Overall, she finds that climate fear is not paralyzing (as earlier believed).
Instead, fear can orient towards action *if* people have agency (they know what to do, and can start to do it).
Check out the powerful quotations from her talk:
In the same session, Thea Gregersen, who studies climate psychology, said:
"I'm more afraid of false hope than fear."
(The reason false hope is scary: a study led by Jennifer Marlon found that the false hope that someone or something else will fix the climate prevents people from taking meaningful action.)
Thea Gregersen advised:
You don't need to hope climate change will solve itself, but that you can make a difference.
Most climate change worry is productive; there’s very little in psychology literature to indicate fear or worry is negative.
Don't worry about climate worry itself. You can treat climate worry by showing that you're actually doing something, and make it easy for others to actually do something.
Meanwhile, a new Yale survey shows that US climate worry is at all-time high. Let’s keep reaching out to invite the worried to join Team Climate! (Feel free to forward this newsletter to them.)
Managing emotions to stay in the “window of tolerance” where we can be our best selves is a key life skill in the climate crisis (and just in general). Dr. Britt Wray has some great tips on how to cope:
Action: Join The 1st We Can Fix It Thread!
Last month at We Can Fix It, we talked about building climate community. It’s so important to know we’re in this work together!
I heard from a lot of readers that you’re keen to join a discussion with your fellow We Can Fix It peeps. I’m excited to connect you all, and frankly, to show off how awesome you are.
So this month’s action will be to:
Mark your calendar and join us for our first-ever We Can Fix It Discussion Thread!
Tuesday, November 9, from 19:00-21:00 in Sweden (see other time zones below). You can drop in anytime in that window, even just for a few minutes.
What’s a Discussion Thread?
Threads are where I’ll kickstart a conversation with an open question. You’ll get a copy of the question in your inbox, and a link to join the thread when it’s live, so keep an eye on your email at the appointed hour and click to join.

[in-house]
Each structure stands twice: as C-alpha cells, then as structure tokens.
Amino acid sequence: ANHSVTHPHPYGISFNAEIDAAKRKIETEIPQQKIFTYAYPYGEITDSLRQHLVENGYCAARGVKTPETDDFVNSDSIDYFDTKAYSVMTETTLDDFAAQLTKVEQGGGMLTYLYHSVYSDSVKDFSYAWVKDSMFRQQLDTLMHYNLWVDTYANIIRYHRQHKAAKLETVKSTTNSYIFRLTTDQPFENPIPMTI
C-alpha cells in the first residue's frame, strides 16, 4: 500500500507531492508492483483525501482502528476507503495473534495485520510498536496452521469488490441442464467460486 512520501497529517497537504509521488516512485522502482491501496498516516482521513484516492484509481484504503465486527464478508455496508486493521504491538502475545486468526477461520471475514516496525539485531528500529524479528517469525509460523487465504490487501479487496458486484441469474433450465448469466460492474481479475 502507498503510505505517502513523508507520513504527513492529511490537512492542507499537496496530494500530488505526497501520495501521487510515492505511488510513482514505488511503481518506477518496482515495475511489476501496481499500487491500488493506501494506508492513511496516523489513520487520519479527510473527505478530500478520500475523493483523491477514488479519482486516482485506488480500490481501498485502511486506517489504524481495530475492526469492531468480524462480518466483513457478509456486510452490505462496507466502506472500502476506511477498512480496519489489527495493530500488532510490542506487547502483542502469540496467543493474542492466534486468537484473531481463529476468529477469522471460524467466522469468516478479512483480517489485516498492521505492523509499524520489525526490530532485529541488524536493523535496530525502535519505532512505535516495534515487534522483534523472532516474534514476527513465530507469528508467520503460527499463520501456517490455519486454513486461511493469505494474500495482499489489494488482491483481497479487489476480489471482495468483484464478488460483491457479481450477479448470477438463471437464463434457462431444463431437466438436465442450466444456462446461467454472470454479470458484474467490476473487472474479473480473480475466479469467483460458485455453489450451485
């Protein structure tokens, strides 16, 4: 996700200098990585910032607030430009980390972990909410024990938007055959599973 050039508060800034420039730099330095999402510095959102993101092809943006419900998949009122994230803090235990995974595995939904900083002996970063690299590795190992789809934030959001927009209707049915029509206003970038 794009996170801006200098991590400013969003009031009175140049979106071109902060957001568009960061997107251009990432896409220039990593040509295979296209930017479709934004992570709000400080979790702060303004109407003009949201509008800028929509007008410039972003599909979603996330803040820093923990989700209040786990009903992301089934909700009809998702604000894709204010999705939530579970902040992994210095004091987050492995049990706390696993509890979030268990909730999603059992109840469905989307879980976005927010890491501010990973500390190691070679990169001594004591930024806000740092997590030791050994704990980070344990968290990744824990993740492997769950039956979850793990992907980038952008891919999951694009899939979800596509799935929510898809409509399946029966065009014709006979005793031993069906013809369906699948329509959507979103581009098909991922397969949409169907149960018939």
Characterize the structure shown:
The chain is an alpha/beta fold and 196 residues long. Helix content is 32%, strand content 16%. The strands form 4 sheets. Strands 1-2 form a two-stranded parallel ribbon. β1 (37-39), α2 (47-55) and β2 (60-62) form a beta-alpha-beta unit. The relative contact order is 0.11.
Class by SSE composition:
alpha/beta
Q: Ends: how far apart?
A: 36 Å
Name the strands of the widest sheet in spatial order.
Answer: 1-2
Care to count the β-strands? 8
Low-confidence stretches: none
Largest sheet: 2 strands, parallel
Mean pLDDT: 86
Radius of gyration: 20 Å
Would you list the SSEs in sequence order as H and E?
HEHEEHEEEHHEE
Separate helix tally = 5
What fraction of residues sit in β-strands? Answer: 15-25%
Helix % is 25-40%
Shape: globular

Subscribers (that’s you!) can click the link you’ll get on November 9th to answer live, and take the conversation further with each other and with me. Here’s an example thread so you can see what it looks like (but ours will be about climate, not Game of Thrones!).
Every day is a good day to talk climate, but especially the day of our Discussion Thread, which will be in the second week of the United Nations climate conference COP26, where world leaders are also talking climate. I’ve previously attended two of these conferences as an Observer (Paris in 2015 and Bonn in 2017), and will be keeping track of this one digitally, so that’s one possible topic I’m pondering!
(Btw, if you want to get up to speed on what’s at stake and where countries stand for the COP, see this great overview by my favorite international climate policy expert and We Can Fix It reader Taryn Fransen).
Parting Thoughts and Tidbits
Read: I got to read an advance copy of Hot Mess, by standup comedian and climate economist Matt Winning, and I highly recommend! As I write in my blurb (endorsement): “It’s the first book about climate change that made me laugh out loud. Hot Mess is the kick in the pants you need to start making yourself useful.” Get it at your local bookstore starting November 11, or pre-order it now to show some climate love! (Pre-orders are one of the best possible ways to support an author.)
Move: Days are getting short in Sweden. On the rare moments when the sun is out, I try to drop everything and go enjoy it. I’ve been hosting work meetings as walks in Lund’s beautiful Botanical Garden. An hour “walkshop” chatting with a colleague is also time in nature, and over 6,000 steps and 5km/3 miles. What work meetings or connections with friends can you take outside?
Make: Simon and I invested in an extendable apple picker, crusher, and press, and suddenly we have apple cider blurpily fermenting in our kitchen! We made our first batch in August with Gen and Erik, using apples from our Transparent Blanche tree, and just made our second batch from a bunch of apples we picked to rescue them from becoming slug food on the ground. Sorry slugs, your loss is our gain!